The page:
The power of influencer marketing
Social media influencers can and regularly do help startups reach new audiences. It’s (mostly) a legitimate form of marketing, with some important caveats relating to disclosure and conflicts of interest. And some influencers get very well paid for doing it. In most cases, they charge a fair fee for introducing startups, new brands and products to new audiences.
The influencer marketing sector is worth almost $14bn, according to Statista. Among teen consumers, social media influencers are more trusted than ‘traditional’ celebrities like musicians and actors. And given that 86% of women use social media for purchasing advice, there are plenty of good reasons to consider influencer marketing as part of an overall startup marketing mix.
However, the scope of influencer marketing is not broadly understood, either by consumers or, it is becoming increasingly apparent, by some influencers themselves. In April 2022, an Australian influencer hit the headlines after she was called-out by a restaurant in Noosa, Queensland when she asked for a free meal in return for posting positive content to her social media channels. Jasmine Rollason had approached the restaurant with the offer and was surprised to be outed for it. After they publicly - and assertively - declined, she ended up deleting her Instagram account.
Stories of influencers missing the mark and getting short shrift from the businesses they approach aren’t new, but they are increasing. Many businesses can’t justify the cost of giving away free merchandise or food in return for free social media coverage, no matter the perceived value. Other businesses don’t consider influencer marketing a necessary part of their communications strategy and others simply do not need the coverage.
But there is a hidden subtext to this. Many businesses who receive unsolicited approaches from influencers are burdened with two concurrent challenges. Firstly, responding to influencer requests tactfully and respectfully takes time and effort. And secondly, there’s an unspoken fear that saying ‘thanks but no thanks’ will lead to negative PR. In 2020, a UK based influencer was outed for threatening a local garage with negative coverage after his request for a free exhaust for his car didn’t go to plan. English car influencer Dave Aspden later apologised for his behaviour.
In some industries, concessions for influencers just aren’t viable, no matter how high profile the personality. This is a story online luxury furniture and homeware brand Noho Home have been reluctant to tell.
Noho Home’s co-founders are London-based property entrepreneur Shuan Maroof and fashion entrepreneur Harry Charles.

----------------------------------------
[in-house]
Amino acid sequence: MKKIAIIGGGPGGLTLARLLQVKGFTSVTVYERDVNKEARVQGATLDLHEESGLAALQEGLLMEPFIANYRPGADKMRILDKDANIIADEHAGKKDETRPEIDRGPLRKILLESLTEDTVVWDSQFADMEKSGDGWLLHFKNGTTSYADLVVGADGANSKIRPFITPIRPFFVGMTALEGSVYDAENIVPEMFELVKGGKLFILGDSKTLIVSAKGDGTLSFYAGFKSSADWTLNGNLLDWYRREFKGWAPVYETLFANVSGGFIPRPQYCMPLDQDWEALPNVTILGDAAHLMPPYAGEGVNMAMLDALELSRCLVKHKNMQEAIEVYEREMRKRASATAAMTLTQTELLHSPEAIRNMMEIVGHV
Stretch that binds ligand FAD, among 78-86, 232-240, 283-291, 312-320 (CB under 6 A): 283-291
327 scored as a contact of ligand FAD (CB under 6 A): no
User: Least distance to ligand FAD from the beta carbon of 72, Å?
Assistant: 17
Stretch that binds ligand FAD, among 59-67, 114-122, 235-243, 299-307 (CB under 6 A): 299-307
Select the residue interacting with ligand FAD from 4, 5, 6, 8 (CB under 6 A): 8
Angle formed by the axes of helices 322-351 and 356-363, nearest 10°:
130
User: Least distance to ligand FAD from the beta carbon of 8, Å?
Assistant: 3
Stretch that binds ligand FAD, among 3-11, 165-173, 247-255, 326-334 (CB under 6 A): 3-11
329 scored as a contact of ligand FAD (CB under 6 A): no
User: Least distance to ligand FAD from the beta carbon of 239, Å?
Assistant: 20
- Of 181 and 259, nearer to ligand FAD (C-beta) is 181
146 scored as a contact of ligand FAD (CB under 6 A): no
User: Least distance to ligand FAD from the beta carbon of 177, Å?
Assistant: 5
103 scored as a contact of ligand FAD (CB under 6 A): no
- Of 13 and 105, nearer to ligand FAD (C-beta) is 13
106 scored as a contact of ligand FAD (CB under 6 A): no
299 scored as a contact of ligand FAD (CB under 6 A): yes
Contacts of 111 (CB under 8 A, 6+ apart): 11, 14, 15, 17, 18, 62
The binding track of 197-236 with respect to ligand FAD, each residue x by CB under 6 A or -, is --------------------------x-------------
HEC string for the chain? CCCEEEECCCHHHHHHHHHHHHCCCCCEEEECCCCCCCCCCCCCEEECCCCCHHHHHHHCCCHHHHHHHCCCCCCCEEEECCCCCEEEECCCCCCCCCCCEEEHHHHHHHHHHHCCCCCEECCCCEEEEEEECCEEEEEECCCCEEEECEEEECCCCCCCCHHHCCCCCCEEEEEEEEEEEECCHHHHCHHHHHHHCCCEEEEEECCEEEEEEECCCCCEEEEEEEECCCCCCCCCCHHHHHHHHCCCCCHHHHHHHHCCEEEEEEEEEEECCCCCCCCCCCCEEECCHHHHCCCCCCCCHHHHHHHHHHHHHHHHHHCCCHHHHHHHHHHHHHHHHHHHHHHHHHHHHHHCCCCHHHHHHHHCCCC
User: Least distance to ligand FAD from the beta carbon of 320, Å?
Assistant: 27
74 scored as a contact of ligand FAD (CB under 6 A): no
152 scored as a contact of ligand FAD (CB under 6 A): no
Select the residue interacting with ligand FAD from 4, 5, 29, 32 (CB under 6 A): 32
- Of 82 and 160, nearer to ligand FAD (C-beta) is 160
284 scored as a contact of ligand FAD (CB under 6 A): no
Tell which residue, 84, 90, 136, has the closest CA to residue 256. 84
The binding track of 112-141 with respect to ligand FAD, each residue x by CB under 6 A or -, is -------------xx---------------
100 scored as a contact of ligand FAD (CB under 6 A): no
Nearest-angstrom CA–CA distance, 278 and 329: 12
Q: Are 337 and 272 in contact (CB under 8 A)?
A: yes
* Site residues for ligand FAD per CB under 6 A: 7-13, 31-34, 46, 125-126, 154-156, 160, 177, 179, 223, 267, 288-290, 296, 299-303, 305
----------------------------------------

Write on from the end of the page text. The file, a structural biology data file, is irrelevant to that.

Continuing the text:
Shuan oversees business logistics and is responsible for accelerating global growth. He let his passion for interior design flourish from an early age, advising on his father’s property business at the age of just 13.
Harry has used his experience in the fashion industry to develop the Noho brand and contribute to the goal of marrying fashion and furniture.
Founder Shuan Maroof explains why he thinks being approached by influencers has its drawbacks.
"In a way, it’s flattering to be approached by high profile influencers who want to discuss a partnership. But it’s not currently part of our growth plan to conduct influencer marketing. We do invest in marketing, but we’re very lucky that word of mouth is doing a lot of the heavy lifting when it comes to discerning clients discovering our products."
“We sell luxury, high-spec beds and sofas that can retail for up to £5,000, as well as homeware, art and accessories. These products can be really expensive to ship. Not to mention the wholesale cost of the products themselves. So giving away free merchandise isn’t as easy for brands like ours as it might be for some businesses. It’s not that we’re anti-influencer, but some of them don’t seem to appreciate the time, effort and money that goes into creating desirable products.”
Shuan’s partner Harry Charles, a fashion entrepreneur whose clothes have been worn by the Kardashian family and appeared in Vogue doesn’t doubt the benefits of influencer marketing, but thinks it’s about finding a good fit between brand and personality, and that influencers need to understand a little more about how the businesses they approach operate.
“When a design of mine was first worn by a high profile person, it felt great and did my brand no harm at all. But I think influencers believe all businesses find it as easy as a restaurant or clothing brand to provide free merchandise. It’s not the same. We do get approached a lot and some of the people in our DMs are well known. We spend a lot of time trying to respond politely and respectfully - the last thing we want to do is alienate anyone - but it does cause stress.
“What if someone takes offence when we say no? Or sees a social media influencer who has bought our products and thinks we gave them preferential treatment. There are so many risks involved and the frustrating thing is, we didn’t ask for any of this. We’re still new and we’re still growing. On some days it feels like managing influencers is becoming a full time job”